Dawn of the Online Biennial Era? The Biennale of Sydney Becomes the First Major International Art Show to Go Virtual
The biennale is going online-only with a little help from Google.
The Biennale of Sydney has become the first major biennial exhibition to move into the virtual realm as its physical exhibition has been forced to shutter just 10 days after it opened to the public on March 14.
The shift is a blow for the many creators—including a large number of First Nations artists—who were poised to gain international exposure through the exhibition for the first time. The show, titled “NIRIN” (a word meaning “edge” in Wiradjuri, an Aboriginal Australian dialect in central New South Wales), included 700 artworks by 101 artists and collectives at various venues across Sydney.
Despite the setback, however, the exhibition’s artistic director, Brook Andrew, is finding reasons to stay positive. “My curatorial vision has been ramped up during this epidemic to truly make this biennale one that serves many communities,” Andrew tells Artnet News. Already, he notes, the exhibition had a number of components, such as a podcast series and an artist-produced newspaper, that extended beyond physical artworks.
Following advice from government authorities, the show will close its doors tomorrow, March 24, until further notice. “We will continue to adapt and innovate in the face of this global crisis,” the biennale’s organizers write in a statement. “Our doors close across Sydney, and they will open online—for everyone, everywhere across the world.”
The biennale is working swiftly with Google to create a virtual biennale that is accessible online through the Google Arts & Culture platform. It will include live content as well as filmed walk-throughs, podcasts, interactive question-and-answer sessions, curated tours, and artists’ takeovers. “At times like these, it is more important than ever that we find ways to connect, to help each other, listen, collaborate, and heal—all core themes of ‘NIRIN,'” the organizers write.
Andrew insists that moving the biennale online does not diminish its core message. Many exhibiting artists work far beyond major art centers and already have digital dimensions to their work. He mentions Dion Beasley, an Alywarr artist who is deaf and has muscular dystrophy. Beasley, who lives in Tennant Creek in the Northern Territory, gave the biennale’s keynote through his collaborator, Johanna Bell.
“Many artists such as Dion can often only reach out to the more popular art audience through the internet or an online presence,” Andrew notes. “We can also reflect on remote communities from Haiti, Australia, and those artists who are maybe not even seen as ‘official artists’ from a dominant Western art scene,” he says.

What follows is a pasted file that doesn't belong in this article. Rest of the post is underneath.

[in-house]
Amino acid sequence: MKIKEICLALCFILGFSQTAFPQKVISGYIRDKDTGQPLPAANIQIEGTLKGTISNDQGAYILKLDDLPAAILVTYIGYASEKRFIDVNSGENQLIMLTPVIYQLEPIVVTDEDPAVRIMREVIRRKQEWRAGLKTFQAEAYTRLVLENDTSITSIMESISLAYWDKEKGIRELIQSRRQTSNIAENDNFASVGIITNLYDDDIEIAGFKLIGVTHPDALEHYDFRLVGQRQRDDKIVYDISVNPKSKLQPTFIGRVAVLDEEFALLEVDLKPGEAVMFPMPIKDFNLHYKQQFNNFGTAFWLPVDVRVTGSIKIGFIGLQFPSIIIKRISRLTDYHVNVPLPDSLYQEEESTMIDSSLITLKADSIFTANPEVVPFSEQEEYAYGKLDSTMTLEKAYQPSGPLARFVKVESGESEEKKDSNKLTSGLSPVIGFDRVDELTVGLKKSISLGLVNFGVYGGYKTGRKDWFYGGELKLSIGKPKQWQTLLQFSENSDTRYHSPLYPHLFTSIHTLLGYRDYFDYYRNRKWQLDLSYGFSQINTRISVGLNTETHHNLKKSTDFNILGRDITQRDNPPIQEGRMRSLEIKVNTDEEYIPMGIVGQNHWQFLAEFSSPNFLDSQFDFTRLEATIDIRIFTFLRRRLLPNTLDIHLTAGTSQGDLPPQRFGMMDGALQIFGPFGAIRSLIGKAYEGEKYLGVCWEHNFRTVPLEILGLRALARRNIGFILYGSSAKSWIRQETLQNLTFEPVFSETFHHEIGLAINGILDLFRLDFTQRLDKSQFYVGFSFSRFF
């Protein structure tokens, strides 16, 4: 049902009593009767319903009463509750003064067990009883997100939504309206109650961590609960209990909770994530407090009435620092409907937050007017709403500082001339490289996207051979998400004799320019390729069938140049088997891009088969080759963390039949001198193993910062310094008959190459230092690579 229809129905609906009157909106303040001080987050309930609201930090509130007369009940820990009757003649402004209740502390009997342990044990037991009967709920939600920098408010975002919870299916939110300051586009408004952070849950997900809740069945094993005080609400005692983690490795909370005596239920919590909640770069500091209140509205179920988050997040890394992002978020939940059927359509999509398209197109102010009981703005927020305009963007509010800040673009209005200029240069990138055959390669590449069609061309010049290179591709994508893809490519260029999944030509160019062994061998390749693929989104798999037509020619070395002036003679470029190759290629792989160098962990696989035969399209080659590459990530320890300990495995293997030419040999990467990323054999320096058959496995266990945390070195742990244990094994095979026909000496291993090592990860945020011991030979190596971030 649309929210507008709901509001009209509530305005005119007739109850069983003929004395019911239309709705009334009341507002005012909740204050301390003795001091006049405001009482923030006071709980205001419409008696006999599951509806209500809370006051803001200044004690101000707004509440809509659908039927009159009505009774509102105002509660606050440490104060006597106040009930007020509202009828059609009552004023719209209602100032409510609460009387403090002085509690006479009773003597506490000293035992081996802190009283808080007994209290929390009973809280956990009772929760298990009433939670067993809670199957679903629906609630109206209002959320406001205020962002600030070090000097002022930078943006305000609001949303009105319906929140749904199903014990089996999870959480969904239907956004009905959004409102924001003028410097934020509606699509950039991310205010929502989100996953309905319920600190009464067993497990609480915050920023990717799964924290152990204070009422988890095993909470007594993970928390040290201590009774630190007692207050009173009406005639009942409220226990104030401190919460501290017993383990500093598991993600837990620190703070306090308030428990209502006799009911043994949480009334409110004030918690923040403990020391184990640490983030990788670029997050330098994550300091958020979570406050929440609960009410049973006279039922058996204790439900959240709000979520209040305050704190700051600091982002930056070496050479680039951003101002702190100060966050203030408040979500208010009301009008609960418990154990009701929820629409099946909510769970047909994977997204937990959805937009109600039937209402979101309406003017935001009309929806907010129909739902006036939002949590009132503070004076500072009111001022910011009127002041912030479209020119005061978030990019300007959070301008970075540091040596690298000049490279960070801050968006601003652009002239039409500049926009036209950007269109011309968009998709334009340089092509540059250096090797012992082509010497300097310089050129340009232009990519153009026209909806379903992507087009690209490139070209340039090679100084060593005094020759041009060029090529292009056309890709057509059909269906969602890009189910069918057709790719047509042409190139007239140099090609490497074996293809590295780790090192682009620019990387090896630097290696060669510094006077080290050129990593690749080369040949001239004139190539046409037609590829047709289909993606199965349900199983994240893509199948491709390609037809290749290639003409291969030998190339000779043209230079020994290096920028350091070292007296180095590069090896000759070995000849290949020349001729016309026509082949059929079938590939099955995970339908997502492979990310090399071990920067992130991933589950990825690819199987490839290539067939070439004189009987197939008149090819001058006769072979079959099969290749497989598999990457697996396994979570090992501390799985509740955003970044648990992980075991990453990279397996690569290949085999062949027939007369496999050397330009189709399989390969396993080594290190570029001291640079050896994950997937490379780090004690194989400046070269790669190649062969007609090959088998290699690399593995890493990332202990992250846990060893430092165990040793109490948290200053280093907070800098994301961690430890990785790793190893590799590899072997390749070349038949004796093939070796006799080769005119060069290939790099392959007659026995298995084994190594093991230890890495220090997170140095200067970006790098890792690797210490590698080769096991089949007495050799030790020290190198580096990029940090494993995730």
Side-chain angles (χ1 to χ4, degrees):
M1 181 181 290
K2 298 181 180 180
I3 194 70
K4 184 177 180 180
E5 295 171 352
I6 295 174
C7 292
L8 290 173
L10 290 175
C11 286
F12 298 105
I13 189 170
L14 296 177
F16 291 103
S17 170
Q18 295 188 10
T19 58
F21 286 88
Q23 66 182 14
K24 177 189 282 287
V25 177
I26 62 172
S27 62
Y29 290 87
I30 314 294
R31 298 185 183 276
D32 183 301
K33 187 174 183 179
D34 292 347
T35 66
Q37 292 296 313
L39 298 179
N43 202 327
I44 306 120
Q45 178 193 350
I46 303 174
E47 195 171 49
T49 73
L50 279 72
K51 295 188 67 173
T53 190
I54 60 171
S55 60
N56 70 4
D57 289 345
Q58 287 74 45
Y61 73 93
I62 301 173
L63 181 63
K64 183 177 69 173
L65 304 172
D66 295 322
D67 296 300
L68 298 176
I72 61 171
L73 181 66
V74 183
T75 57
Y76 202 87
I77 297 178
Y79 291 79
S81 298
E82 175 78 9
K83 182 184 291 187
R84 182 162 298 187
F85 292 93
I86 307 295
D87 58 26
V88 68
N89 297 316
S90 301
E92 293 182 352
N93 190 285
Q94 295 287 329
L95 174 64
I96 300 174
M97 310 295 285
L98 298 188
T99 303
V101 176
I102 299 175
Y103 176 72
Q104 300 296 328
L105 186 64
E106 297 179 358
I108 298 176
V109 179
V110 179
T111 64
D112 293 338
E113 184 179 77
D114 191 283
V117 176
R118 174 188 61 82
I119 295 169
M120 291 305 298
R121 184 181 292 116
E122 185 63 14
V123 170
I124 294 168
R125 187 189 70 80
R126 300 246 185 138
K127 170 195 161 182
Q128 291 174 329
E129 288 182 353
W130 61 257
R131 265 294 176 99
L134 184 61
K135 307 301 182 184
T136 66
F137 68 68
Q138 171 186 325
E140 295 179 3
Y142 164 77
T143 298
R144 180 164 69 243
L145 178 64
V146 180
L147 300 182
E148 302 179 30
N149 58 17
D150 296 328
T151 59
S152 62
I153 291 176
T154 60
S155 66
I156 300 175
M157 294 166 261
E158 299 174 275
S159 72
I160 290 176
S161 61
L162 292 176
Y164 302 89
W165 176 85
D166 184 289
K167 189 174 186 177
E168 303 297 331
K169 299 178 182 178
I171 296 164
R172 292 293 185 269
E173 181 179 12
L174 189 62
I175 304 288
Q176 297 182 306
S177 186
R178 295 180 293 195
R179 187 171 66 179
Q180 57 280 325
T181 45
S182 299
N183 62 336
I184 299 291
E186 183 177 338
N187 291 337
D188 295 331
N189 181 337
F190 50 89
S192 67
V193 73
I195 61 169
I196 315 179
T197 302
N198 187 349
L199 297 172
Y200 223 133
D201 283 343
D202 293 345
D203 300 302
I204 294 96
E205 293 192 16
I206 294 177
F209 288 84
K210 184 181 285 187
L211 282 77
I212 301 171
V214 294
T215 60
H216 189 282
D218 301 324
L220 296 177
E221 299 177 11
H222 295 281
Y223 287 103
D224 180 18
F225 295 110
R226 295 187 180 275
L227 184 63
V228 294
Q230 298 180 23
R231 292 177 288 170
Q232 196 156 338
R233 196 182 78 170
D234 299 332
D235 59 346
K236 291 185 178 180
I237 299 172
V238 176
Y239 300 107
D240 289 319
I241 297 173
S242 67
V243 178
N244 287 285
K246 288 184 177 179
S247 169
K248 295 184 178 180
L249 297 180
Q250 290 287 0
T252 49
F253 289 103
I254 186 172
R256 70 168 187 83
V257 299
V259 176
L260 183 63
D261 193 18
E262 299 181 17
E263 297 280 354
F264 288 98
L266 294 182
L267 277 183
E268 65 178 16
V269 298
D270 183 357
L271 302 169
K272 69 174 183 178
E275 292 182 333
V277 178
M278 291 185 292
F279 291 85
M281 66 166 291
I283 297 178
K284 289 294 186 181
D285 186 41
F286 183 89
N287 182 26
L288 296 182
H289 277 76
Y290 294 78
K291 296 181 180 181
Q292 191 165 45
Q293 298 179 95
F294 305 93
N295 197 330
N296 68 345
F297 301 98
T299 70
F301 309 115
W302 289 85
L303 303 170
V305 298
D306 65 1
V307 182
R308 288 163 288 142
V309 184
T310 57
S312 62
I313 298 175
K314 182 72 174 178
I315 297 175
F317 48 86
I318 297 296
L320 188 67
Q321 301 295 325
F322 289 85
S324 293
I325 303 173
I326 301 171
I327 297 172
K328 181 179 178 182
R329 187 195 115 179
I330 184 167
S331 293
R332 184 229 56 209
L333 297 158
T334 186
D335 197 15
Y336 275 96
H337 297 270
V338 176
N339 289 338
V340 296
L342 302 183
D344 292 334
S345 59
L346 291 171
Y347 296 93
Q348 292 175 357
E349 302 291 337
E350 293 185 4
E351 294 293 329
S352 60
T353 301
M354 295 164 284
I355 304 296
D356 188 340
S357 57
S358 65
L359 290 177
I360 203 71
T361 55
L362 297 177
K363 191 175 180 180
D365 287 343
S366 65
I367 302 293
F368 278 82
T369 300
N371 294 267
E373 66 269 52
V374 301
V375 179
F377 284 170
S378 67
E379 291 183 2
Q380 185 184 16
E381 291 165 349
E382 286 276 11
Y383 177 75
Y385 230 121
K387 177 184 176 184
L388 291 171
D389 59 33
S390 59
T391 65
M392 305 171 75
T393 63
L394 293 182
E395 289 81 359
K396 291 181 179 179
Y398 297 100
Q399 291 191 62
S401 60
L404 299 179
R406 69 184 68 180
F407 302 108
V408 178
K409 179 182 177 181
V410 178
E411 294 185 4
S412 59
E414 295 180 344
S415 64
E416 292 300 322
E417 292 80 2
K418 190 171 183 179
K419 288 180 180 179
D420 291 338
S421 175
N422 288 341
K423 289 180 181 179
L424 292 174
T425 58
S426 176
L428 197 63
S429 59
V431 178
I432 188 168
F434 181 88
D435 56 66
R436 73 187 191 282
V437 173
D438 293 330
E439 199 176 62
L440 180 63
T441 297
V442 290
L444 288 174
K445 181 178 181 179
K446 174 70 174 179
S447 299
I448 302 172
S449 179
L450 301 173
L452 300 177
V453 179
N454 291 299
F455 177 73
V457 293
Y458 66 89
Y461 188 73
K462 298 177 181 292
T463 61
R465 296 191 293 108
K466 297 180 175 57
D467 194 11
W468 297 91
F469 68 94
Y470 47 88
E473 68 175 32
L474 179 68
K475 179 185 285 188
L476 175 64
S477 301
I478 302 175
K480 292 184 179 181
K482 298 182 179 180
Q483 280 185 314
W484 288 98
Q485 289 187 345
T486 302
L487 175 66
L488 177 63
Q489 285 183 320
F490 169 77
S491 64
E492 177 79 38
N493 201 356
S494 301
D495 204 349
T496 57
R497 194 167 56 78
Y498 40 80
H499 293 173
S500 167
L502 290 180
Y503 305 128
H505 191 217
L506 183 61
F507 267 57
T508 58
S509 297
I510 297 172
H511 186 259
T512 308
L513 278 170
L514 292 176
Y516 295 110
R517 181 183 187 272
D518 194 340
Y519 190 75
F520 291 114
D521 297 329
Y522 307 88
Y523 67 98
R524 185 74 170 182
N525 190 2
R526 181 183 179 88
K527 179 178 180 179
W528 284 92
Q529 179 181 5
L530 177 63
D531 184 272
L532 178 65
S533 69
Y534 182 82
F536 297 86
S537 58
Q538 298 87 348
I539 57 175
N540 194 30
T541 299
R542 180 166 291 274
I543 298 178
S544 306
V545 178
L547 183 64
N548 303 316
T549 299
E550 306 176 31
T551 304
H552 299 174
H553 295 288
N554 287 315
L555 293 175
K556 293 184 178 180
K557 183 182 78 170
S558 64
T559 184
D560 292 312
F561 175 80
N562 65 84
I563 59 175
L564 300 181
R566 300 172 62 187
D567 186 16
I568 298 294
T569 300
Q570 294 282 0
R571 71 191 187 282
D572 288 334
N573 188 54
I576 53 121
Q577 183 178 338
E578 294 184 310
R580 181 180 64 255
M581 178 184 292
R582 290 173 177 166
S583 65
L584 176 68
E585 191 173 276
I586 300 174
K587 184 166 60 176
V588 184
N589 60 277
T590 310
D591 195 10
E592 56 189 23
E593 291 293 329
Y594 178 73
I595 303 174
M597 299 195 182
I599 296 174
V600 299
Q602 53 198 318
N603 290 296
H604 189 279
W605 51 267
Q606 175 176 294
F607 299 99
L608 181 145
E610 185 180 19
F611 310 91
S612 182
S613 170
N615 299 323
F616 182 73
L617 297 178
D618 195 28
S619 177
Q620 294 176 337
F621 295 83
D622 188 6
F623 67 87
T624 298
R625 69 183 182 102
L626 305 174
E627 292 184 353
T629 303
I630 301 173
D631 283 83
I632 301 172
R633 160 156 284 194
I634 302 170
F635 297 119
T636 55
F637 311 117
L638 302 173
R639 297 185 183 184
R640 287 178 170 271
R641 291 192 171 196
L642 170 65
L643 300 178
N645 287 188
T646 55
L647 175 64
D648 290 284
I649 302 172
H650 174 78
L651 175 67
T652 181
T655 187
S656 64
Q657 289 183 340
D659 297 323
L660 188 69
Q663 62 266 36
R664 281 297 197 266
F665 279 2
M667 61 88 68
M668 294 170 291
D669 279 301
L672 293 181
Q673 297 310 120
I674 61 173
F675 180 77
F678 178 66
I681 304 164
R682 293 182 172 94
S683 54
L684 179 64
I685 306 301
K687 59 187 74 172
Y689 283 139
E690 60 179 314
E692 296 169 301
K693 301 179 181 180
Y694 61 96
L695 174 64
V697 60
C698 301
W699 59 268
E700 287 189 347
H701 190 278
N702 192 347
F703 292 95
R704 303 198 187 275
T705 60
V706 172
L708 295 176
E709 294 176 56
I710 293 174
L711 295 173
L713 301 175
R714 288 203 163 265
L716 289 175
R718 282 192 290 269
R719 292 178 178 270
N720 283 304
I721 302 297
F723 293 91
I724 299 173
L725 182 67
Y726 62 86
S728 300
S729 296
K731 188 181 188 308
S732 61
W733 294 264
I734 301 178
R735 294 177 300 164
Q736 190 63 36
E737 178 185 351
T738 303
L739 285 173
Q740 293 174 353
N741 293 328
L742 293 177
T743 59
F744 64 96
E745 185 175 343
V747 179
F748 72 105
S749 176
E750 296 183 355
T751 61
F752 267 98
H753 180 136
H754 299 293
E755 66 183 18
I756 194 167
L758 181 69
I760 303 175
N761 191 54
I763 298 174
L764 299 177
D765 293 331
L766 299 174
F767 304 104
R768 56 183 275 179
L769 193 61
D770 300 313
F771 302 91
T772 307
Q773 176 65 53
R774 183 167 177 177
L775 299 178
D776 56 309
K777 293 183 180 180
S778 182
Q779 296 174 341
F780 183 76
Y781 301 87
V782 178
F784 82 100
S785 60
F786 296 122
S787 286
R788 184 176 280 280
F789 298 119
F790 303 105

While some of the biennale’s physical installations, such as the artist Ghanaian artist Ibrahim Mahama’s spectacular installation of sewn-together jute sacks on Cockatoo Island, will be more difficult to translate online, sound and video art does not face the same hurdles.
The biennale includes work by the Papua New Guinea artist and radio broadcaster Namila Benson, who has produced a six-part podcast series called Behind the Biennale, which invites leading intellectuals and creatives to discuss and critique structures and systems “that continue to keep far too many on the Edge.”
Andrew adds that some artworks in the biennial incorporate augmented reality and may find a second life online, such as banners by the late Anangu artist Kunmanara (Mumu Mike) Williams. The piece is about the lessons to be learned from traditional cultures in the artist’s native Pitjantjatjara, which is translated into English through AR goggles.
The physical artworks, Andrew estimates, account for only half of the biennale’s program, publications, and ideas. He points to an artist book project called “NIRIN NGAAY (to see the edge)” by Trent Walter and Stuart Geddes, as well as other publications, such as a newspaper project by Maria Thereza Alves, who created the first Brazilian Indigenous newspaper to address the urgent issues of those communities. Both will now be published online.
Meanwhile, the biennale’s public art program, “NIRIN WIR (edge of the sky),” also includes expanded notions of art that translate well to online viewing. As part of his “Alchemy Garden” project, for example, the artist Andrew Rewald hopes to present public workshops in Indigenous permaculture, soil science, and biodiversity, which now can attract a global audience.
Sydney’s Art Gallery of New South Wales and the Museum of Contemporary Art, which are both biennale venues, have both shuttered along with Australia’s other major institutions.
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